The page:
We have updated our Privacy Policy Please take a moment to review it. By continuing to use this site, you agree to the terms of our updated Privacy Policy.

The Life of an Unknown Man

ebook / ISBN-13: 9781848946132

Price: £10.99

Select a format:

Paperback
‘It is impossible to exaggerate the power of this short, unbearably poignant novel.’ Mail on Sunday

‘A bold and elegant novel’ Helen Dunmore, Guardian

A haunting story, beautifully told’ Viv Groskop, Observer

An extraordinary story of love and endurance during the Siege of Leningrad lies at the heart of a magnificent novel about Russia past and present, and the human condition.

One night in St Petersburg, two men meet, both adrift in the brash new Russia: Shutov, a writer visiting after years of exile in Paris, and Volsky, an elderly survivor of the Siege of Leningrad and Stalin’s purges. His life story – one of extreme suffering, courage and an extraordinary love – he considers unremarkable. To Shutov it is a revelation, the tale of an unsung hero that puts everything into perspective and suggests where true happiness lies.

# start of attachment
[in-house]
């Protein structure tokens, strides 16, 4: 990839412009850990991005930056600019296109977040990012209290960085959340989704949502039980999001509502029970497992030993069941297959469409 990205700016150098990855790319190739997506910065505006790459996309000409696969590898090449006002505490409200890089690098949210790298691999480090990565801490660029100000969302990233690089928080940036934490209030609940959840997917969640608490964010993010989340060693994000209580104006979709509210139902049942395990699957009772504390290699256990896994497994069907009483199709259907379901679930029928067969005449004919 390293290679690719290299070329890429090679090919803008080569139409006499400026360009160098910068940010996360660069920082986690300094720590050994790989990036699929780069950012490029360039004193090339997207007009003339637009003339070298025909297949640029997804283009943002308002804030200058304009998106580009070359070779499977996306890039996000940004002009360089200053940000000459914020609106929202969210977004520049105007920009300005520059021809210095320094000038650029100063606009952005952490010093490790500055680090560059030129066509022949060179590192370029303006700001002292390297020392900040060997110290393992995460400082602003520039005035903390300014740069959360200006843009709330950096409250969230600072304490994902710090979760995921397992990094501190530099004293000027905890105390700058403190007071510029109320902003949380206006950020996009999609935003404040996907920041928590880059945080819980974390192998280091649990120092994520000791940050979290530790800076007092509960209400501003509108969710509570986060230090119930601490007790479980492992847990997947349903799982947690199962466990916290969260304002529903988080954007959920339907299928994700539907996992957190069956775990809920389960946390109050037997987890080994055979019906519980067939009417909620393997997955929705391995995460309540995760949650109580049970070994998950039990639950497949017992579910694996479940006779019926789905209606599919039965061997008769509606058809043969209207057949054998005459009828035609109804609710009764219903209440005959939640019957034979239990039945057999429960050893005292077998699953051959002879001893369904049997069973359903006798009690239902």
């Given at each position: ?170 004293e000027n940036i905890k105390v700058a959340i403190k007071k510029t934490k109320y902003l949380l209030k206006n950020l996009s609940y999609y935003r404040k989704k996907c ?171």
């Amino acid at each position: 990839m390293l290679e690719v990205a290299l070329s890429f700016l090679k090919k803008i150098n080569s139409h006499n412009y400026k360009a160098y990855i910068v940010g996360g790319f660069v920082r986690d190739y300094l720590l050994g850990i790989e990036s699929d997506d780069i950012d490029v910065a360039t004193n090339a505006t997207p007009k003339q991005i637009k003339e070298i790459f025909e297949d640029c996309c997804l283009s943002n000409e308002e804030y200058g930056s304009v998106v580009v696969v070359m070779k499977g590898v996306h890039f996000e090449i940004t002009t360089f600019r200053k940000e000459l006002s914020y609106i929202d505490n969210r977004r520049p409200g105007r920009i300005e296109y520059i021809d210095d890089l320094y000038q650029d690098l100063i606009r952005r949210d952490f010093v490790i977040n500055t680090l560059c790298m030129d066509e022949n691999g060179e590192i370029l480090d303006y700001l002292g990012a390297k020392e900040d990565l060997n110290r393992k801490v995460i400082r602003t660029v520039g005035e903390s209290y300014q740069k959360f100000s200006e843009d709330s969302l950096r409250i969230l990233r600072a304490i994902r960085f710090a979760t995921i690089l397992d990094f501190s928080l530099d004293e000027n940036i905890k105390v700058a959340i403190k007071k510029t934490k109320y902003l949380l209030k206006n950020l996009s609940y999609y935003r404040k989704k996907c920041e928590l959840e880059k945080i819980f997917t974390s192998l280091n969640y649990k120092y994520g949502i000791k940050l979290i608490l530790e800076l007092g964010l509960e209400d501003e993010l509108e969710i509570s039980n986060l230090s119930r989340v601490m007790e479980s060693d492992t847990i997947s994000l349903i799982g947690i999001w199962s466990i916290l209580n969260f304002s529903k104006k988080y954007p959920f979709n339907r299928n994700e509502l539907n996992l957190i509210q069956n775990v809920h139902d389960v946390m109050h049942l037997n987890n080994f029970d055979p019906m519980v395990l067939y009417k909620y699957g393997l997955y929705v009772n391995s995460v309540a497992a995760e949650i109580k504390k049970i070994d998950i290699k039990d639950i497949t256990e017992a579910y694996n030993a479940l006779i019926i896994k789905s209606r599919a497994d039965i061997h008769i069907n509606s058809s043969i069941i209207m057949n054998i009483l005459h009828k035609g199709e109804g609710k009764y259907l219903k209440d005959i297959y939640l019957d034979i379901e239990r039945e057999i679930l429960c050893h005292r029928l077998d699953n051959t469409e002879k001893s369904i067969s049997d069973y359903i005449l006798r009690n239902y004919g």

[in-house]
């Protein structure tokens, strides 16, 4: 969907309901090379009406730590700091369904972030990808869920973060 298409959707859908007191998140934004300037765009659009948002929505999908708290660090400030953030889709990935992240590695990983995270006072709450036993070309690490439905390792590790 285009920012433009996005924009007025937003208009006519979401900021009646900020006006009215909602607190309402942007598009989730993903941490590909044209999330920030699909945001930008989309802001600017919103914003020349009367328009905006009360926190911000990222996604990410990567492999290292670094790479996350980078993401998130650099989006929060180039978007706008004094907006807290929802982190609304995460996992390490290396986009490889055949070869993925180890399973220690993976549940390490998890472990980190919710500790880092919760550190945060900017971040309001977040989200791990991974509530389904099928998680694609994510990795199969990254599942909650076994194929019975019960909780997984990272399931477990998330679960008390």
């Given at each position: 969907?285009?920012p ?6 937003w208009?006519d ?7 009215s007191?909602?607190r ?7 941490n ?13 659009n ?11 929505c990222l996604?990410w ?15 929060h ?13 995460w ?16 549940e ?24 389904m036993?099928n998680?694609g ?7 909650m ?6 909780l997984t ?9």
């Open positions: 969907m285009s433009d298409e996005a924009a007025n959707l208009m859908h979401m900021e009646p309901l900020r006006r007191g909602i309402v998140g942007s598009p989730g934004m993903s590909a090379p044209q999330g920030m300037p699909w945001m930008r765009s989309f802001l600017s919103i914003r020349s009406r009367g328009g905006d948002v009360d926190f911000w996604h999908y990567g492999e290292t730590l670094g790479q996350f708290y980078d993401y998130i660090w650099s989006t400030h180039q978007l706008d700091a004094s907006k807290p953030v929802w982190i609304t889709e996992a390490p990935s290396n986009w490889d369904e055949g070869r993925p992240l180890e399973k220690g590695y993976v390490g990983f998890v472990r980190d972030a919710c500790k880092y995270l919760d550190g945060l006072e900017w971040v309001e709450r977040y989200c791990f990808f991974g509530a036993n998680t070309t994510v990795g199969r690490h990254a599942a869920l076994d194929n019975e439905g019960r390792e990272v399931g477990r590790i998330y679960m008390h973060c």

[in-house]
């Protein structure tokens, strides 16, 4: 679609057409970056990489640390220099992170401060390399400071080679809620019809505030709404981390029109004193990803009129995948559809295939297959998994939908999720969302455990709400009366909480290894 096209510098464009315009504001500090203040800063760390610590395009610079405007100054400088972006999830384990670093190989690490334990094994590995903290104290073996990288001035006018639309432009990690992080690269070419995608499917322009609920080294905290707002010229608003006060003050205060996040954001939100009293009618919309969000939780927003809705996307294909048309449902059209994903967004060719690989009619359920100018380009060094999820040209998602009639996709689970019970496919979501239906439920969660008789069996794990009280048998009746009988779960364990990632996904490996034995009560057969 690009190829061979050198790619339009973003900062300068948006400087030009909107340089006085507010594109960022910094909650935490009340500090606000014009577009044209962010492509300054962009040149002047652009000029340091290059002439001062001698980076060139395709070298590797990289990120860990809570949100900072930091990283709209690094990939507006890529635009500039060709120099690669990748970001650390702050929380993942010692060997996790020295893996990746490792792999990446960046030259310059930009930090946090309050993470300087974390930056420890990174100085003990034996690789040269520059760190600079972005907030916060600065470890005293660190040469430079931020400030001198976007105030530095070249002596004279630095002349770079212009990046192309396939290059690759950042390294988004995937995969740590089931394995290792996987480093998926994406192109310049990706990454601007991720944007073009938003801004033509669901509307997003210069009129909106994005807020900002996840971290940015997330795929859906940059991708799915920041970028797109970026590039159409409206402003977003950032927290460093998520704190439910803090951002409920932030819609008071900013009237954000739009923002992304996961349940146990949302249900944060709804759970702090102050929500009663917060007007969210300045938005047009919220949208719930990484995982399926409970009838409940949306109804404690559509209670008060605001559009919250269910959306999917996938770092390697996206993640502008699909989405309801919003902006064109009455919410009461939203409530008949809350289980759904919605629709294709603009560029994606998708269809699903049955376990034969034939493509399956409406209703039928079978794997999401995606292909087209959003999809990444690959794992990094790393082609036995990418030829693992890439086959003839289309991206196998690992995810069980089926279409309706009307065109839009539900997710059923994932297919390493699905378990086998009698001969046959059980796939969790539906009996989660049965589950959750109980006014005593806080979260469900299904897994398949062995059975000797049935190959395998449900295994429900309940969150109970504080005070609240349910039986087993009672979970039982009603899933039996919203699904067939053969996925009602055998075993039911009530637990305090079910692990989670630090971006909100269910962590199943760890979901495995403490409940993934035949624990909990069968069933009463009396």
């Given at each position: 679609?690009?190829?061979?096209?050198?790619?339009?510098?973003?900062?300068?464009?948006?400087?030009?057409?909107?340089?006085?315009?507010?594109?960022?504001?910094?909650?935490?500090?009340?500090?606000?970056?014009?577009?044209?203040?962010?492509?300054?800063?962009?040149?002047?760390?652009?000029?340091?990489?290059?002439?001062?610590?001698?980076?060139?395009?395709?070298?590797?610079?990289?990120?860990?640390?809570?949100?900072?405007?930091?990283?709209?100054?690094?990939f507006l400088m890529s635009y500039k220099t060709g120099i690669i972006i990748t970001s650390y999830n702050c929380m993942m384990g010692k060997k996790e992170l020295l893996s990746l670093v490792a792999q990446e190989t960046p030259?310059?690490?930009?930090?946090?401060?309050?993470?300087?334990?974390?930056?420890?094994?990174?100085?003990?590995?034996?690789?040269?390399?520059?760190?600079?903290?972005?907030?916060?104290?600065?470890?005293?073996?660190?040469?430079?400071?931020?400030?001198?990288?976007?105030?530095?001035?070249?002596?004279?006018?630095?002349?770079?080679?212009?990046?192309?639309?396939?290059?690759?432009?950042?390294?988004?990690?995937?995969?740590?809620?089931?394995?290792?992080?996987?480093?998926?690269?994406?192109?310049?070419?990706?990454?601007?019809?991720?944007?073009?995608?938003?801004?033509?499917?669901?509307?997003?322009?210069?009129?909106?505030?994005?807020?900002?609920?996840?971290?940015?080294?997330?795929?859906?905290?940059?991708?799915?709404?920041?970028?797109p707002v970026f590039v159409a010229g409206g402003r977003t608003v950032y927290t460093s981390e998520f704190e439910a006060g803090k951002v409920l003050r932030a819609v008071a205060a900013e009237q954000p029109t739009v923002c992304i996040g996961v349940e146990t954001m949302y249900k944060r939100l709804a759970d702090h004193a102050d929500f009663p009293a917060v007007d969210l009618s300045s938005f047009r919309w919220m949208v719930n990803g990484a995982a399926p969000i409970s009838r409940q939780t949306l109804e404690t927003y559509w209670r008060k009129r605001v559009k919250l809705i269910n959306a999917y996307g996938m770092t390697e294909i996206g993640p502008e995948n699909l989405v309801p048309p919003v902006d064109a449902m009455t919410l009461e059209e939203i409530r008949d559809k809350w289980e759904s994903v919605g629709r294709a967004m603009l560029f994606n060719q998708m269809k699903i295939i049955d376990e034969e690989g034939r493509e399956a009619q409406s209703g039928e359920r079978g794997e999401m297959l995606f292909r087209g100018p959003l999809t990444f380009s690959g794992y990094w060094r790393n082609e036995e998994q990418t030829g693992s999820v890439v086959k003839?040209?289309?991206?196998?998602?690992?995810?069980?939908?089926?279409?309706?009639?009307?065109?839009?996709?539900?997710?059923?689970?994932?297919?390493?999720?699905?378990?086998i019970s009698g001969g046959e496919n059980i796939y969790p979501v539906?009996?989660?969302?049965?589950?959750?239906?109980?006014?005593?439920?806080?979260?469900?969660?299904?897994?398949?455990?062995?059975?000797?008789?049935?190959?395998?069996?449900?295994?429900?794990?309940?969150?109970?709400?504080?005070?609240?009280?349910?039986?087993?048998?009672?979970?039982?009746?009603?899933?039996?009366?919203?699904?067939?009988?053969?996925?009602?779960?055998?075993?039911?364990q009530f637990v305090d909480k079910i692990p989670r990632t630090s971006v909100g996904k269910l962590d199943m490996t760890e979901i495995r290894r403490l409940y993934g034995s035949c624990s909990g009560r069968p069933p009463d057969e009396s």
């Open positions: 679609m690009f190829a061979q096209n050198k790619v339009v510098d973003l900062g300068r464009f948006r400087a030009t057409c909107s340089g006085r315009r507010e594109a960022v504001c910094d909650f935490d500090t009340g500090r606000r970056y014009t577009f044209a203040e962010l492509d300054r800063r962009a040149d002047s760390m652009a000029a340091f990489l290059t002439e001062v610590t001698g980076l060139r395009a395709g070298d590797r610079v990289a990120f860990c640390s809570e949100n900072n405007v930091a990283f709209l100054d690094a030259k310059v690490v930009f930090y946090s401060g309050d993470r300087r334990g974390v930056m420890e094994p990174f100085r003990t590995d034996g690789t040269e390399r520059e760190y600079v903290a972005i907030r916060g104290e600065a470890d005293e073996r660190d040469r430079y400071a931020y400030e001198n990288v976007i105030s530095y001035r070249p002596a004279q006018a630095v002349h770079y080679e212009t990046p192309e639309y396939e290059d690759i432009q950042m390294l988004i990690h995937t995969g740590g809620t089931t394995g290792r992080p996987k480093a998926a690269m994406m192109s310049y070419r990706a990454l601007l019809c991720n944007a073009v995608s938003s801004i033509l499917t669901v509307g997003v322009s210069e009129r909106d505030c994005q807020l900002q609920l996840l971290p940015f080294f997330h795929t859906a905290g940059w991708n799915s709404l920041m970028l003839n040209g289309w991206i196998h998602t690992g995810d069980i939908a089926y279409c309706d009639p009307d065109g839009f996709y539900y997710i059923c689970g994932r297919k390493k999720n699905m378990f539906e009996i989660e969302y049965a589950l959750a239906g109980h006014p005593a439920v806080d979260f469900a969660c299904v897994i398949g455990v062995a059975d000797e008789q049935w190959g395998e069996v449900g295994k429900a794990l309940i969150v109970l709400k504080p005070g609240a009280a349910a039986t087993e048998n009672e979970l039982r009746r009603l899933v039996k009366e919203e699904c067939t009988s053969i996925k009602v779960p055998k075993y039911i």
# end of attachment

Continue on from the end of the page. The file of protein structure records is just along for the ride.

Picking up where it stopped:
Reviews

Makine's laconic, sardonic portrait of the new Russia is laced with fury...a bold and eloquent novel
Helen Dunmore, <i>Guardian</i>
Makine is a consummate literary artist, but he is teacher as well as storyteller and, best of all, enchanter
Allan Massie, <i>Scotsman</i>
Thrilling...Makine's most beautiful novel since Le Testament Français
<i>Le Figaro</i>
Makine's laconic, sardonic portrait of the new Russia is laced with fury . . . a bold and eloquent novel.
Helen Dunmore, <i>Guardian</i>
Makine is a consummate literary artist, but he is teacher as well as storyteller and, best of all, enchanter.
Alan Massie, <i>Scotsman</i>
It is impossible to exaggerate the power of this short, unbearably poignant novel. It is both brutal and lyrical. Makine consciously invokes Chekhov but his grasp of history is positively Tolstoy-like in scale. I can't think of a writer who would be a more deserving recipient of the Nobel literature prize.
<i>Mail on Sunday</i>
Like all his work, this novel has a wonderful flavour of a contemporary Checkhov with a splash of Proust...What starts out an intimate account bursts out into something more ambitious and universal. Ultimately it's a haunting story, beautifully told.
Viv Goskop, <i>Observer</i>